“COP26” Climate Summit in Glasgow

Glasgow is considered to be the most important climate summit since the Paris Agreement. Nevertheless, the agreements concluded at COP26 are not sufficient to keep global warming within the acceptable limits of 1.5°C. With the current agreement between the 197 countries, we are unfortunately heading for global warming of 2.4°C and this despite the global consequences involved in global warming.

One bright spot is the fact that for the first time, there is talk of an end to coal and fossil fuels. Despite a watered-down final agreement, this may be seen as an historic milestone. This decision will also push the construction industry towards greater sustainability.

After the climate summit, every country must take action. The Belgian negotiators, however, left for the climate conference without any agreement on the climate objectives between our country’s different government bodies. Europe, however, has set ambitious targets in the European climate package with a reduction in greenhouse gas emissions of at least 55 percent and carbon neutrality by 2050. 

For Belgium, this means a 47% reduction in greenhouse gases by 2030. The allocation formula of these aims will continue to stimulate debate between the different regions and our country’s federal government.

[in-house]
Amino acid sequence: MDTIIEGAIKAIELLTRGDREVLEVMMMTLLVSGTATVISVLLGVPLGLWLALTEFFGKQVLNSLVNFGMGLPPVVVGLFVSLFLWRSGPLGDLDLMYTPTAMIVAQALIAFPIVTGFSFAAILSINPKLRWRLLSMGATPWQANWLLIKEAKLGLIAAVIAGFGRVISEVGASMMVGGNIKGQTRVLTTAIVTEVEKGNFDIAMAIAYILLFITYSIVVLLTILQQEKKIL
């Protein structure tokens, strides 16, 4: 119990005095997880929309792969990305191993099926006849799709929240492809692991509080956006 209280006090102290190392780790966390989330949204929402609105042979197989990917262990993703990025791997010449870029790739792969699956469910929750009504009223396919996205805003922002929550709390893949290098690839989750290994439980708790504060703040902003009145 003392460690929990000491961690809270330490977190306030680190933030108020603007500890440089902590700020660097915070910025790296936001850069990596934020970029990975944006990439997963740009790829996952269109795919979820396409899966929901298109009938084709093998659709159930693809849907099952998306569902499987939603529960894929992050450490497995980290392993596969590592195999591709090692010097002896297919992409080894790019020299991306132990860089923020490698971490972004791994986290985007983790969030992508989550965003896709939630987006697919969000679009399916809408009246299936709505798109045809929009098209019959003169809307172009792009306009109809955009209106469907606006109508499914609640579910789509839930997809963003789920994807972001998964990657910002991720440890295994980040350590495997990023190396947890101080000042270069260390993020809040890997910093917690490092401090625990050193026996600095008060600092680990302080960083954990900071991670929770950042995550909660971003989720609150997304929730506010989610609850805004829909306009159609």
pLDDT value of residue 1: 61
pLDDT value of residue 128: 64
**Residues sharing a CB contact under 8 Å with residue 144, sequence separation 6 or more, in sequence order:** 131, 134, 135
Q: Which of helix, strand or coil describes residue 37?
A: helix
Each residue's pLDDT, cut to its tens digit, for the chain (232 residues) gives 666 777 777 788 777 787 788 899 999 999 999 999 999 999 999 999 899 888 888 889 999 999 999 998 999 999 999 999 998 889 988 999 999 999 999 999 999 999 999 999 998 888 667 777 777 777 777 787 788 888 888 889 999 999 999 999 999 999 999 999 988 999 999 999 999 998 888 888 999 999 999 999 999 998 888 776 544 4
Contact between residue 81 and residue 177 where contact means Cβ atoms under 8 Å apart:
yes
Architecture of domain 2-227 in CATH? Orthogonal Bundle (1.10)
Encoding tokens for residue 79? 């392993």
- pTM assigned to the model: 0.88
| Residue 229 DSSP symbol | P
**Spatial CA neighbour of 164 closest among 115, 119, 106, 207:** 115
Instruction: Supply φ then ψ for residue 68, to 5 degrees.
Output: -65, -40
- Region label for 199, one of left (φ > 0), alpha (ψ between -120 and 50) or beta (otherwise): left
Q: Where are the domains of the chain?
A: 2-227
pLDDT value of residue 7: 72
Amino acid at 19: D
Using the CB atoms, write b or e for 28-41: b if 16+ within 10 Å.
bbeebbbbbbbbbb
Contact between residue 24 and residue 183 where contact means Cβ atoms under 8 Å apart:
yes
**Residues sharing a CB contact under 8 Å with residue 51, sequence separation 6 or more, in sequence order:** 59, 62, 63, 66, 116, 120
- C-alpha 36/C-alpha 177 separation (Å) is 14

The Brussels-Capital Region has increased its aim of reducing greenhouse gas emissions by at least 40 percent by 2030. Since 2015, the Brussels-Capital Region has applied strict standards for the construction sector and was therefore the first region in our country to impose (near-)zero energy construction. The strictest requirements were imposed at the time for new-builds, while Brussels does, of course, have a great many existing buildings. That is why the “Renolution” renovation strategy is now being rolled out to tackle the existing energy-consuming buildings in a sustainable and circular manner.

Flanders is also considering a strategy such as this: a renovation obligation in the event of a transfer of ownership of buildings as well as the end of gas connections for new-builds. Nevertheless, the Flemish region did demonstrate a lack of ambition at the start of the climate summit in Glasgow and there was no question of a common Belgian vision. The Flemish aim to limit emissions to 40% by 2030 is clearly also below the European targets.

Wallonia is more ambitious and is proposing a reduction of 55% but does not yet have any specific measures that should put this into practice. The region was, however, severely affected by the consequences of climate change last summer. Here, too, a far-reaching renovation strategy is under consideration.

Time is running out for making short-term progress and combatting climate change. If China and the United States can work together, there may still be hope for our country’s different government bodies.

Author: Wendy Boswell, CERAA Asbl and Chairwoman of the ecobuild.brussels cluster